It appears that the Commission"s interest in this information may be more closely related to compliance with regulatory requirements than to information shareholders or potential investors would consider to be material. Such information could be used by the Commission to determine whether a director is interested due to a material business or professional relationship. Here again, the Commission could achieve its objectives by requiring the information to be retained by funds.

The proposed amendments requiring disclosure with respect to positions, interests, transactions and relationships of directors and their family members are extremely burdensome. In our view, this requirement would impose a due diligence obligation beyond a director"s ability to fulfill. The proposal also assumes a family dynamic that likely does not apply to many families. Consequently, a director may be obligated to disclose information about a sibling or in-law that he or she simply is unable to obtain. Incomplete disclosure would expose the director to potential liability, even in situations in which the director could not have known the information.

Furthermore, as with the issues above, we do not believe that investors would rely on information about a director"s relatives in making an investment decision about a fund. If the Commission nevertheless decides that disclosure of relationships resulting from transactions or positions of family members should be required, we believe that the Commission should limit disclosure to dependent members of the director"s household, because in such instances the director would be better able to obtain the information requested. Also, because the time limit for a material business or professional relationship in the 1940 Act is for a two-year period, we suggest that this would be a more appropriate period rather than the proposed five-year period.

Independent Counsel

We are served by qualified legal counsel who is separate and independent from fund counsel or counsel for management. The Investment Company Institute"s "best practices" report has identified the representation of the independent directors by their own counsel as a recommended practice of board governance, and we agree. We strongly object, however, to the Commission"s approach of imposing regulatory requirements on our legal counsel. While we benefit from the advice and advocacy of our counsel, we believe that (1) selection of counsel involves many personal considerations that we, not the Commission, should consider; (2) the Commission"s regulatory proposal poses specific practical impediments to selection and retention of qualified independent counsel; (3) the legal profession already imposes ethical requirements barring legal representation where unresolved conflicts of interest exist; and (4) we are in the best position to evaluate the qualifications and independence of counsel, much as we evaluate other potential conflicts involving the Funds.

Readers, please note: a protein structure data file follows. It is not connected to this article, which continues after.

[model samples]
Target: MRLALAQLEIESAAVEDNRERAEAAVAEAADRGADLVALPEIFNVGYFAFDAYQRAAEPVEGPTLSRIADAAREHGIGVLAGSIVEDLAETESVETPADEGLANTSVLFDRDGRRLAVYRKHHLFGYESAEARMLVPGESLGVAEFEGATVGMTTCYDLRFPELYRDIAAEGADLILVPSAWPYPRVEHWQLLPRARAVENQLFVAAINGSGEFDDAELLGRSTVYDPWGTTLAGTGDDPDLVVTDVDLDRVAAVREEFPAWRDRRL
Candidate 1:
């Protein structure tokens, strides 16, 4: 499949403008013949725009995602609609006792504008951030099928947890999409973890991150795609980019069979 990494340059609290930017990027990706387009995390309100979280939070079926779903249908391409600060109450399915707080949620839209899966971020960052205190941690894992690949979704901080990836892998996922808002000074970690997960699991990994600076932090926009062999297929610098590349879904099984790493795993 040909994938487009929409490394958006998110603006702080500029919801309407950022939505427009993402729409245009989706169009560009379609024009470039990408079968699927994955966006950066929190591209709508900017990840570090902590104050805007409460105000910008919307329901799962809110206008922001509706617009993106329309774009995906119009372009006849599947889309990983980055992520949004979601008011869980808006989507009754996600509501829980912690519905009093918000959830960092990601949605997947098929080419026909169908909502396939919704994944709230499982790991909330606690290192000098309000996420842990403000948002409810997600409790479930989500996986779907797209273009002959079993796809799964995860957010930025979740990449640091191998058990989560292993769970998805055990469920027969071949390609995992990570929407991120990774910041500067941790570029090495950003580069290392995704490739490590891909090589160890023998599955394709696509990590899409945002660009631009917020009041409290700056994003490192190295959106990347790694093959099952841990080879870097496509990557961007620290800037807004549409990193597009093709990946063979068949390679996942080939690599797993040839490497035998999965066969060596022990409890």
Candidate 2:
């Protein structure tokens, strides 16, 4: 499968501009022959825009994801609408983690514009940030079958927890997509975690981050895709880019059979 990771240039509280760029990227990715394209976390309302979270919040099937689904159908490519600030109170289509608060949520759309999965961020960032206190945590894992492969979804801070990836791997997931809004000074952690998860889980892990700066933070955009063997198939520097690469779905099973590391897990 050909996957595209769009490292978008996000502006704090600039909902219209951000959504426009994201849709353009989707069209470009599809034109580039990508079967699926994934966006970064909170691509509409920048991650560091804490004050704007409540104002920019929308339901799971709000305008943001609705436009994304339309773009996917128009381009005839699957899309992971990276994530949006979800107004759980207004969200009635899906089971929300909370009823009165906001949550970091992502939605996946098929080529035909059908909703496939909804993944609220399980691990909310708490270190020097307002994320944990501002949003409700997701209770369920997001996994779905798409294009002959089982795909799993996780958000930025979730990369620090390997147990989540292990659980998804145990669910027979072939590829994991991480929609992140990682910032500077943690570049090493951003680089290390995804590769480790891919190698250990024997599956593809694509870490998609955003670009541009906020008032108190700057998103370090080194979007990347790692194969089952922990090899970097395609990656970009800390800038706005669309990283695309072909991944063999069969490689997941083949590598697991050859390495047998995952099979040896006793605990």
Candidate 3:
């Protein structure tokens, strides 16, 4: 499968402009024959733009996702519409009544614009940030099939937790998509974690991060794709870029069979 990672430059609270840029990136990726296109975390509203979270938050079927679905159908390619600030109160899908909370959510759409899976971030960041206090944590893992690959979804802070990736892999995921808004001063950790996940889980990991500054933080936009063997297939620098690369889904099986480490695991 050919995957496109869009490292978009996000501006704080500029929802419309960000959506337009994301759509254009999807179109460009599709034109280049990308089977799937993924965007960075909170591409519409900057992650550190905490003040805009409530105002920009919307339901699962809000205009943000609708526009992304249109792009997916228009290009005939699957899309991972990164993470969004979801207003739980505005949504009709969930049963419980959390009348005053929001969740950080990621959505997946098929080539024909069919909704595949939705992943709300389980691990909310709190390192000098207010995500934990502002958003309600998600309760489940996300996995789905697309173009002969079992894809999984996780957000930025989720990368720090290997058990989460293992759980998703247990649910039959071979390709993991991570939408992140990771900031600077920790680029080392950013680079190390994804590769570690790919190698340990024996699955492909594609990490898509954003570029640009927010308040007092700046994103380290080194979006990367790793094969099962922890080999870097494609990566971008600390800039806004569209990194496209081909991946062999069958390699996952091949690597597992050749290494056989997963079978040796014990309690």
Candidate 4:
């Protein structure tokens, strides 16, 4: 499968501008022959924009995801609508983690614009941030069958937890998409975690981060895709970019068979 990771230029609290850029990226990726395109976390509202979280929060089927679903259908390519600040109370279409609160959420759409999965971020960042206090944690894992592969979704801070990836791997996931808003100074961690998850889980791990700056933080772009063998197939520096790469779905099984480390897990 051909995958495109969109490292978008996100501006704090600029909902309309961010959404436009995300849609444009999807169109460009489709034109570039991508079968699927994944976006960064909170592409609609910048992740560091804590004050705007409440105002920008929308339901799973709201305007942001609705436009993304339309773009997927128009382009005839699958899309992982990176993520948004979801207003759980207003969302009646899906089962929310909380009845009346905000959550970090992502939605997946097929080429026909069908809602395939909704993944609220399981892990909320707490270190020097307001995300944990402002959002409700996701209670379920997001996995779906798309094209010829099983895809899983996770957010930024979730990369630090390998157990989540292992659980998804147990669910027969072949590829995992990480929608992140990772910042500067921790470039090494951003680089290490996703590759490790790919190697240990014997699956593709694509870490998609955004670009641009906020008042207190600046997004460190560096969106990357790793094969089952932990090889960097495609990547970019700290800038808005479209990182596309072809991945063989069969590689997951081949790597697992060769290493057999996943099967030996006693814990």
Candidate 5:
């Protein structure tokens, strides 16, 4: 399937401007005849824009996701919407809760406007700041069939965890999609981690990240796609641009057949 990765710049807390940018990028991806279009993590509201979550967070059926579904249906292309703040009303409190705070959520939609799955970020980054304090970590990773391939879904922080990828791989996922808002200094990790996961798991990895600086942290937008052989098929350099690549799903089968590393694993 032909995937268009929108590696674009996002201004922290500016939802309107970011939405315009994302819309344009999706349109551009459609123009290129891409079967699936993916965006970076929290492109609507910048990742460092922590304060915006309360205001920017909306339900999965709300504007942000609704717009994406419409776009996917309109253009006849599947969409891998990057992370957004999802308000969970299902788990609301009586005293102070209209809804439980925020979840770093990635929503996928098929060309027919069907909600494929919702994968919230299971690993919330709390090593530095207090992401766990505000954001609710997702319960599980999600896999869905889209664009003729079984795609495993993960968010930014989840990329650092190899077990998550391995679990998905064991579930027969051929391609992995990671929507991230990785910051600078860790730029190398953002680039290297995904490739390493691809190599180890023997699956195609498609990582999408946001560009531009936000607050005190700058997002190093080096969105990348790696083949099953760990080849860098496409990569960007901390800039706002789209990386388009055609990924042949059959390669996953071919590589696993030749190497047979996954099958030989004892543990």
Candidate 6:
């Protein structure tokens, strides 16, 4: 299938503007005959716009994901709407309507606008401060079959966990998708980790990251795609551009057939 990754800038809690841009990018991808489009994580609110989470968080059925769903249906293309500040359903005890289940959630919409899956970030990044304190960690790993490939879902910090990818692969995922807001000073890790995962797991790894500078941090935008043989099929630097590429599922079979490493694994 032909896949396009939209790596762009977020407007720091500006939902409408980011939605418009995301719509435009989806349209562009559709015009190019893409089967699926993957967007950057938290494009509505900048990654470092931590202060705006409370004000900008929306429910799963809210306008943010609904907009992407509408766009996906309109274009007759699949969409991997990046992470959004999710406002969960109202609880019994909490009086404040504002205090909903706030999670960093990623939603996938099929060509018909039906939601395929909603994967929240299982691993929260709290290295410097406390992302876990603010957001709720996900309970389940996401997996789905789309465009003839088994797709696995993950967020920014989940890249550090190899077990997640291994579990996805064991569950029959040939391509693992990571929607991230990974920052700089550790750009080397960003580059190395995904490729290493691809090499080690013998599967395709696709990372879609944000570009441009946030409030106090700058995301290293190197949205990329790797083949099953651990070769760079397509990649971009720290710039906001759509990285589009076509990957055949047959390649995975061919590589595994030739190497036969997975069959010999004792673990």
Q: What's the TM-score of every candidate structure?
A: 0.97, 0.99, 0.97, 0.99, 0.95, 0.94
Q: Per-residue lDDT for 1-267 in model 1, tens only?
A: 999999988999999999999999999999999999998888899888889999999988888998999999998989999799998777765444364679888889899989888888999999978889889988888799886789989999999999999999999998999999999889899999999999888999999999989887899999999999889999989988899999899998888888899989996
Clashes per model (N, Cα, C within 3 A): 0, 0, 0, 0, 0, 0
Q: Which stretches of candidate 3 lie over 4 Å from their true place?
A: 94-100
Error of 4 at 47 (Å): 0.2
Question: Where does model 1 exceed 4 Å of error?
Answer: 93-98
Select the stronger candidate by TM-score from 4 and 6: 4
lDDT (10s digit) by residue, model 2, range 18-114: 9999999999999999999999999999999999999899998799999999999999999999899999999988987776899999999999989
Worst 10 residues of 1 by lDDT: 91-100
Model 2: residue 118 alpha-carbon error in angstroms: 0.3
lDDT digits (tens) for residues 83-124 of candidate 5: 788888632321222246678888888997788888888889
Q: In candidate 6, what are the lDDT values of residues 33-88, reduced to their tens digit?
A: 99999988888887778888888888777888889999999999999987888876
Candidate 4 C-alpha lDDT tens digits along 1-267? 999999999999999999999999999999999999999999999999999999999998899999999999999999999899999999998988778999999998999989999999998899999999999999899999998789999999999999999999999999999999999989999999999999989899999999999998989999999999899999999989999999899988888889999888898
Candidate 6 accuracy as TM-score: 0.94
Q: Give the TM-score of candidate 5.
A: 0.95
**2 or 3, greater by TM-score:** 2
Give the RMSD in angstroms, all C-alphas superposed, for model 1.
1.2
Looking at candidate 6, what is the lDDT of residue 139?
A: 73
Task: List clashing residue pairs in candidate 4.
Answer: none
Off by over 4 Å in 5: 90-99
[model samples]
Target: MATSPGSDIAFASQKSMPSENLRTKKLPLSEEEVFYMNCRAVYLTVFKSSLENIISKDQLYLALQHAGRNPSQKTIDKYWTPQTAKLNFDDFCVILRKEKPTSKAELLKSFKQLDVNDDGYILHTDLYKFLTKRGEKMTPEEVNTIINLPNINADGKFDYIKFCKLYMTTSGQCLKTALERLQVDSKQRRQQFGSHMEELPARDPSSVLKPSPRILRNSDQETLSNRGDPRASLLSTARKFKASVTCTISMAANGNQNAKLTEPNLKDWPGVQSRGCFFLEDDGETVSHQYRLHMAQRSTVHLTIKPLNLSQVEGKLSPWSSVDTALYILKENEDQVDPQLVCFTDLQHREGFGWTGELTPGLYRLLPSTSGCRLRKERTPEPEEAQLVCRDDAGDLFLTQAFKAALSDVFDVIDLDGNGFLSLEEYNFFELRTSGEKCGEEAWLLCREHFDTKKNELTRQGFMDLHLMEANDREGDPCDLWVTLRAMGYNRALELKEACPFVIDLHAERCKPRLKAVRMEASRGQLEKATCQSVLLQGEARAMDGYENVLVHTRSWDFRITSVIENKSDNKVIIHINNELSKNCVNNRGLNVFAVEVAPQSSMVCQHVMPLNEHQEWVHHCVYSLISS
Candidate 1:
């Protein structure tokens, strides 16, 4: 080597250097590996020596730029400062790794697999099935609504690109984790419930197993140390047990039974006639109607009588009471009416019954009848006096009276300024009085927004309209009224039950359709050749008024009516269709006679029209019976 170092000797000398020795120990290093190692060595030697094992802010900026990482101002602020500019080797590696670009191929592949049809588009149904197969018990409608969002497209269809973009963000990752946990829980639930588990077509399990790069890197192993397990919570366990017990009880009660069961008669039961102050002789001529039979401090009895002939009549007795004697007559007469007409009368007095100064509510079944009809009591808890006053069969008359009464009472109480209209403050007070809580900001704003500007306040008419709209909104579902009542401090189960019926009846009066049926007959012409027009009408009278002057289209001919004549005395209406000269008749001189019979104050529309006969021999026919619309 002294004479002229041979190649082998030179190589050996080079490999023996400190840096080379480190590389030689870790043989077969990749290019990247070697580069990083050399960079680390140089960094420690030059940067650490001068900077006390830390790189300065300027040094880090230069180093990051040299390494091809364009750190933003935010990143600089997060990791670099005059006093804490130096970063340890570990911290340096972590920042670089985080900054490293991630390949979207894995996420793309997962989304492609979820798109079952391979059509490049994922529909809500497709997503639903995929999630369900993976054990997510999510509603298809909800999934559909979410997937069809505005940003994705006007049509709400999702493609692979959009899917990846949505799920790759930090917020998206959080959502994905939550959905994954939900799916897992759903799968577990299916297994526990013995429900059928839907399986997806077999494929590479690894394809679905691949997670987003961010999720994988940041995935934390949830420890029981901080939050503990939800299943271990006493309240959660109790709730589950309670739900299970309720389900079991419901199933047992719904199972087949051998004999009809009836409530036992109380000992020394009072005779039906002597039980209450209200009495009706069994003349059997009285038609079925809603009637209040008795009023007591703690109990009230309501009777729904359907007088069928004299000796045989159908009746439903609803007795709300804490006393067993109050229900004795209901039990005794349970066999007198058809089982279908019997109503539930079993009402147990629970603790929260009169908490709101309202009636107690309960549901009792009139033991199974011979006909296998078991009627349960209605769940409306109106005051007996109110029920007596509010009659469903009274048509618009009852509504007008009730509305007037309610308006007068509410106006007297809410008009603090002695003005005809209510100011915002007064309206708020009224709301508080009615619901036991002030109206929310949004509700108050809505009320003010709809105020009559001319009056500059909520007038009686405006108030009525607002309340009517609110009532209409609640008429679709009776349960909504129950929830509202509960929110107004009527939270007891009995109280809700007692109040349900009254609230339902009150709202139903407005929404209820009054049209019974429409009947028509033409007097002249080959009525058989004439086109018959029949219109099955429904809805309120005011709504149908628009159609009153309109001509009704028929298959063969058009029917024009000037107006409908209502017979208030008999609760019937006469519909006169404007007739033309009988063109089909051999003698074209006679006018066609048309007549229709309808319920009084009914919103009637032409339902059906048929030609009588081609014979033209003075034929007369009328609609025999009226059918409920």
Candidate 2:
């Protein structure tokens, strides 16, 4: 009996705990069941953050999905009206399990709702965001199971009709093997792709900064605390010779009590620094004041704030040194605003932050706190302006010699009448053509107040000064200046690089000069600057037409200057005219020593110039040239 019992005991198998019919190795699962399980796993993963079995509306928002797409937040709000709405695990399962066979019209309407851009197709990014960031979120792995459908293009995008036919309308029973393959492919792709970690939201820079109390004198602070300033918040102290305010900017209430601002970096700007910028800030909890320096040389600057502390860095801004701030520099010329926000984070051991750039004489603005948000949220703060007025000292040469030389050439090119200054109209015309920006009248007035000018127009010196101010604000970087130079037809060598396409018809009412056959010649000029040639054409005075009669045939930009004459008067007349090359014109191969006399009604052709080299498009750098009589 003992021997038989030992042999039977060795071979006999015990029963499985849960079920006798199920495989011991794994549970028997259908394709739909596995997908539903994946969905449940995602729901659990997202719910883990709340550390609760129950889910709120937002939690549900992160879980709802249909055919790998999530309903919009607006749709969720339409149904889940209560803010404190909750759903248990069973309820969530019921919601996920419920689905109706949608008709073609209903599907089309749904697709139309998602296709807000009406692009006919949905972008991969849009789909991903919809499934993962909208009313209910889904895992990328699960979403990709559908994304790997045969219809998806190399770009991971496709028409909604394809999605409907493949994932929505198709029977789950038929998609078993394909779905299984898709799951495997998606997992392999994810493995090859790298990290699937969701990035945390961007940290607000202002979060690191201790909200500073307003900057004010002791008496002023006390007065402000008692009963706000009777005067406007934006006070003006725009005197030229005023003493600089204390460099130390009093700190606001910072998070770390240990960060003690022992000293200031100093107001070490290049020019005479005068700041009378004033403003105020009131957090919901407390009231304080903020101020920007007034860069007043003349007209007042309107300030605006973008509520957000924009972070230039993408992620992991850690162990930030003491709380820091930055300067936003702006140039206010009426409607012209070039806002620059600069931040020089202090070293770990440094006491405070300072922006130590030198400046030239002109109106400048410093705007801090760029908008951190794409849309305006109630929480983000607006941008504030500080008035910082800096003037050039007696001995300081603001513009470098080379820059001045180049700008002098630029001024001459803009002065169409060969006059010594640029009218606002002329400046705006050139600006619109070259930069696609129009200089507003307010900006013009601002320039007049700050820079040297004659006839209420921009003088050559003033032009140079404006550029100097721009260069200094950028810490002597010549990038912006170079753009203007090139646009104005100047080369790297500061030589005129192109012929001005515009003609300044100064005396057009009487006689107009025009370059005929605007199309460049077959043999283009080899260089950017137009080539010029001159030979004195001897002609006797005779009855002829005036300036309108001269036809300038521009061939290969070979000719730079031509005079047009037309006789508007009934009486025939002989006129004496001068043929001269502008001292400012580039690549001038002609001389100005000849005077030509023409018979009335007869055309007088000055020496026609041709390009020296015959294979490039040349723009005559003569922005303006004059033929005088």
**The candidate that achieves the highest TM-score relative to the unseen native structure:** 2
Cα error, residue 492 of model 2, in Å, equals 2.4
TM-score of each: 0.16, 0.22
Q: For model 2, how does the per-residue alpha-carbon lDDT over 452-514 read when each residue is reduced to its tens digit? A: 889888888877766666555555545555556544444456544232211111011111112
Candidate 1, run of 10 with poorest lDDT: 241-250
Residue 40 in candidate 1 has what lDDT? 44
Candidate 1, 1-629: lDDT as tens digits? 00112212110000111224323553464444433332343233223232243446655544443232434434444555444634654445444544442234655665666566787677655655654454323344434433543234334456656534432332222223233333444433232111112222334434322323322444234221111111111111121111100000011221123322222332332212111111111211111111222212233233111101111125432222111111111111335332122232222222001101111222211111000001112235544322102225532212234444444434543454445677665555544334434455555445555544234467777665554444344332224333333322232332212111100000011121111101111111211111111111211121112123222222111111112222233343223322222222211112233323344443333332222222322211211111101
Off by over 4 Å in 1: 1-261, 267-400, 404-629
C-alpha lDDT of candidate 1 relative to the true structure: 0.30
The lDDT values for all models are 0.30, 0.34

The Commission should not ignore the personal nature of the relationship between the independent directors and the individual acting as counsel. As independent directors, we are faced with significant responsibilities in our oversight of the Funds, and often feel the need to consult with counsel we know and trust. At these times, it is of little importance to us as to the business affairs of our counsel"s other partners, provided we are informed of any perceived or real conflict. We hire an individual lawyer, not an entire firm, to provide us with the advice we need. As directors, we would feel particularly deprived of our ability to rely on an individual lawyer with whom we have developed a strong relationship should the Commission"s rules deem him or her as unqualified due to his or her firm"s other activities.

We thank you for giving us the opportunity to share our views with the Commission.

Very truly yours,

Charles C. Reilly
Chairman of the
Audit Committee
Merrill Lynch Global Cluster of Funds

The Honorable Arthur Levitt
The Honorable Norman S. Johnson
The Honorable Isaac C. Hunt, Jr.
The Honorable Paul R. Carey
The Honorable Laura S. Unger
The Honorable Paul Roye